Sunday, October 17, 2010

Oranges Are Not The Only Fruit - Jeanette Winterson

"I'm telling you stories. Trust me."

Jeanette Winterson points to the one fact within this novel as being that there is no way to know what is true and what is false within history. With this, the novel becomes nothing more than stories reflecting what may have actually happened. It can be argued that this novel is an autobiography, and with the name of the protagonist matching the name of the author, it only seems to make sense. But Winterson claims that this cannot be an autobiography. The fact that she wrote it testifies to the inability of this novel to be completely true because of the subjective writing, as well as the fact that as time edges on in her mind, the story will change. No story remains the same as a person grows because as she states herself in many of her novels, time is a great deadener. Everything changes with time.

The novel begins with the story of a young girl who has been adopted into a heavily Christian community. Jeanette lives under the control of her intensely religious mother, and strives towards the organized path that has been set out for her - the life of a missionary. As she grows older, she begins to show homosexual tendencies. When she acts on these desires, her community, and particularly her mother, lose all rationality. The course of Jeanette's life is peppered with her old desires of doing what she believes to be decided by God, and her new desires of being who she really is. As she grows and matures, she is forced to make the choice between her community and her own path through life. The most interesting part of the community's inability to accept Jeanette's desires is the fact that they have raised her in a world that would seemingly condone her behavior. Although they are obviously religious, Jeanette is raised in a world where women hold all of the power. The only man to voice anything throughout the whole novel is the Pastor, and even then he is surrounded by the women of the Church, being urged at what to do and say in any given situation. Jeanette's own father is seemingly never even in the same room as her and her mother. We do not hear him speak once. So when Jeanette finds herself falling for the young Melanie, I believe that it is only because she has been raised in a world where men just aren't necessary. Women have the strength, and therefore she holds the most desire for them. She never had the opportunity to fall in love with a man, because there were never any to fall in love with.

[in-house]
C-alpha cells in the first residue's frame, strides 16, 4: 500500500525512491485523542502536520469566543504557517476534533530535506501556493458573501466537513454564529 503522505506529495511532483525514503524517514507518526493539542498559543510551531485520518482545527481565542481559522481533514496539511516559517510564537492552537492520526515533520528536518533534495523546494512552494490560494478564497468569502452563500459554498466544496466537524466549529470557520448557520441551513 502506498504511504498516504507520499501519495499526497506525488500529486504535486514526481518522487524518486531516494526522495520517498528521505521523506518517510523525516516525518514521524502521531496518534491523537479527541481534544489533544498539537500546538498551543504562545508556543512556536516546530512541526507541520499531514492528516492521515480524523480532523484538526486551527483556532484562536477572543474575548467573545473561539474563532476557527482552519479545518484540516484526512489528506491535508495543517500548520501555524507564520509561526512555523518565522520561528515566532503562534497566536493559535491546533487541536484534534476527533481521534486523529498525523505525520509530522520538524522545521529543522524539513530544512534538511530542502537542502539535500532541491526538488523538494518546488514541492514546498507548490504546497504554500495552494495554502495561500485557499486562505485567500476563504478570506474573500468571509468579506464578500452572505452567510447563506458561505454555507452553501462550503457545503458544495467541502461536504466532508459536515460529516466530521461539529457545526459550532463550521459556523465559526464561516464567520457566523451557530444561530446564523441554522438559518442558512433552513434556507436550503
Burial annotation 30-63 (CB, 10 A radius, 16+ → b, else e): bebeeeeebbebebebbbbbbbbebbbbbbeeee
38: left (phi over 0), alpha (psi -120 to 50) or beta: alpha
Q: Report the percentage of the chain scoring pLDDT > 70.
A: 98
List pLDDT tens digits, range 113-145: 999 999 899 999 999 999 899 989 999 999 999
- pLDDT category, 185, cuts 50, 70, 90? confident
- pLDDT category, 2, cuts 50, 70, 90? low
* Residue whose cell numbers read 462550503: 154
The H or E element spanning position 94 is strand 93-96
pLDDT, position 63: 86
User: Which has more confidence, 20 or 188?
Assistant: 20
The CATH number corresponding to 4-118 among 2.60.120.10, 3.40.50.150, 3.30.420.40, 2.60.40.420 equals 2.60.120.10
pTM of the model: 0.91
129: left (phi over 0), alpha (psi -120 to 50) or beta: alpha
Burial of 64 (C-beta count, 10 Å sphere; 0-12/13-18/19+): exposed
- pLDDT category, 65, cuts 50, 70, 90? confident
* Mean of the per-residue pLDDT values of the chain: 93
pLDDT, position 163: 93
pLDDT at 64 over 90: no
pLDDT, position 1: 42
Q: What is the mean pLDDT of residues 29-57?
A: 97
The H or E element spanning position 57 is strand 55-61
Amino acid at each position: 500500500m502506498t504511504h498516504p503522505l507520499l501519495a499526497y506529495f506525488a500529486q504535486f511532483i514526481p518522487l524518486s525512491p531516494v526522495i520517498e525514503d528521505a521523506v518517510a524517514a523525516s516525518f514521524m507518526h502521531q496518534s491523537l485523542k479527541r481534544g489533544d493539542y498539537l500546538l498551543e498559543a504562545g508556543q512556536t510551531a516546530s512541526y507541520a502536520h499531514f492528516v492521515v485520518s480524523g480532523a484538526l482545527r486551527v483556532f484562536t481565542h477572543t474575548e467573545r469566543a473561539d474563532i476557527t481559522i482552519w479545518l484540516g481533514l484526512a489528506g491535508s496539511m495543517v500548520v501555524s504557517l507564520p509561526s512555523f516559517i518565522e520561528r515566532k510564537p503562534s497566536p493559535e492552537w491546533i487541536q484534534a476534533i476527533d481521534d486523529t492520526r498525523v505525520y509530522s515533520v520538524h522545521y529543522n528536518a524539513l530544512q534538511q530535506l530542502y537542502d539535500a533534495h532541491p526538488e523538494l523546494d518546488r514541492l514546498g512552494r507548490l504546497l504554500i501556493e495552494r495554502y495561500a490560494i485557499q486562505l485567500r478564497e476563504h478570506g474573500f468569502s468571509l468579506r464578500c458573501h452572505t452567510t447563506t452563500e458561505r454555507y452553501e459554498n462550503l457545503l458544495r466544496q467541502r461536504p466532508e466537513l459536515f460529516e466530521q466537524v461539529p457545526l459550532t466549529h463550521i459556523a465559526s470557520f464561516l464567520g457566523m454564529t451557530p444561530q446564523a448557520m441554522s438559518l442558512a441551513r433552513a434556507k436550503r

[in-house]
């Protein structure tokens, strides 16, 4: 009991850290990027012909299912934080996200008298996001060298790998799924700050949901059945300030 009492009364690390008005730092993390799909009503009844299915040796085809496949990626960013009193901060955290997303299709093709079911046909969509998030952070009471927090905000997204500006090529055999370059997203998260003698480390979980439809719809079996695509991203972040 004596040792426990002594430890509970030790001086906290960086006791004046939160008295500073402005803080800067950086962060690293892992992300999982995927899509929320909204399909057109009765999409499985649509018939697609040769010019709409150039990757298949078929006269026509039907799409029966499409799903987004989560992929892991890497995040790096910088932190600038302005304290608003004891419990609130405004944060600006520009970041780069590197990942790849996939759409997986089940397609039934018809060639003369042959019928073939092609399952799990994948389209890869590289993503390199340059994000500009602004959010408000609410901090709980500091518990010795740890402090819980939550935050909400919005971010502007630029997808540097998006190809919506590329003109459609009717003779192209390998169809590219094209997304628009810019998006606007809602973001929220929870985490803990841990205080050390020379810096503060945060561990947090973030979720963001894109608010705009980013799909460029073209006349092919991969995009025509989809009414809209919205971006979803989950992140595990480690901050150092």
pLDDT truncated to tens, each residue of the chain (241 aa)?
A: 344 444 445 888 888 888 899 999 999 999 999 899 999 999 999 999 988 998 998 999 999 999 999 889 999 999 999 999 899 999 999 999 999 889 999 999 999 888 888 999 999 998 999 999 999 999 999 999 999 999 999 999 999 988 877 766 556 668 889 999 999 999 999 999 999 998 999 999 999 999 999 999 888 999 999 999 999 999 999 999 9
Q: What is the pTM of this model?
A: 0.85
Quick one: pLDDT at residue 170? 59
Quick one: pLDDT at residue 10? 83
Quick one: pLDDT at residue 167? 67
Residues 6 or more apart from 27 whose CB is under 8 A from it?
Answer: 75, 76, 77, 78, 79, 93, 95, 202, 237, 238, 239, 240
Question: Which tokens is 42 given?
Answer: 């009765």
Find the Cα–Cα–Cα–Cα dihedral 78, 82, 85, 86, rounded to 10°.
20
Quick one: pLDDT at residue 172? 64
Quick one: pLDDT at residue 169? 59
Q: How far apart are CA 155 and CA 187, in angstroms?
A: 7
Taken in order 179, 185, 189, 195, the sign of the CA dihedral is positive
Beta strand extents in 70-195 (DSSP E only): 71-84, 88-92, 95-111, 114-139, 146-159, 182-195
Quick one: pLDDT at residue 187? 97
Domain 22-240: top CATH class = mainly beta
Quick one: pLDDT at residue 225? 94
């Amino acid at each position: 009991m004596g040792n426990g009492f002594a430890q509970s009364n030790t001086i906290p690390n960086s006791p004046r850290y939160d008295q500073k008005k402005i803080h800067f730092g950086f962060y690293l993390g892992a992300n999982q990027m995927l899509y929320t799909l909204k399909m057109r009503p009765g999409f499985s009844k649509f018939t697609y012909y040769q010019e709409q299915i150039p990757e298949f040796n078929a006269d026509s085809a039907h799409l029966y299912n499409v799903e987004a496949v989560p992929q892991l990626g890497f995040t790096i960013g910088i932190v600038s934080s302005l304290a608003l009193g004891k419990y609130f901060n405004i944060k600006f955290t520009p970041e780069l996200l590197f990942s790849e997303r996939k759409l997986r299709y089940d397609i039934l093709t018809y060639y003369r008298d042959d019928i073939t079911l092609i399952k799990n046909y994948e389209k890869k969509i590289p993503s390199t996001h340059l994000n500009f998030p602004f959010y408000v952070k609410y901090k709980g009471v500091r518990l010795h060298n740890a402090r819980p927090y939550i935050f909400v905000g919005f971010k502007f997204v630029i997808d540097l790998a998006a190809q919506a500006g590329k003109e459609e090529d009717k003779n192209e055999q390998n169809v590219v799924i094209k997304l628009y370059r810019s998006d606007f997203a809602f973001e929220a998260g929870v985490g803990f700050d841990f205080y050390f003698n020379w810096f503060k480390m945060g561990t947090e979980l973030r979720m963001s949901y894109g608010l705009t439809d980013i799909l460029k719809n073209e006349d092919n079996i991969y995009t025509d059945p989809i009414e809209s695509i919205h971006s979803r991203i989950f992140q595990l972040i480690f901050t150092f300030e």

I give this novel a 3/5. I did not enjoy it as much as The Passion, but I still think that it is one of her better novels. The voice of a child that she is able to create within the opening chapters is outstanding, and as the voice changes in maturity, it does feel like you are growing with Jeanette. I think that the thing I loved the most about this novel is the fact that it is not a homosexual text. Instead, it is a story about something that most children go through. We all have the choice of doing what our parents would prefer us to do, what they raise and groom us for, and breaking free of their set path and finding out who we really are to ourselves. Jeanette's story follows the life of a girl who cannot help but fall in love with women, but I think that the basis of the story can be related to so many children attempting to find their footing in young adulthood.

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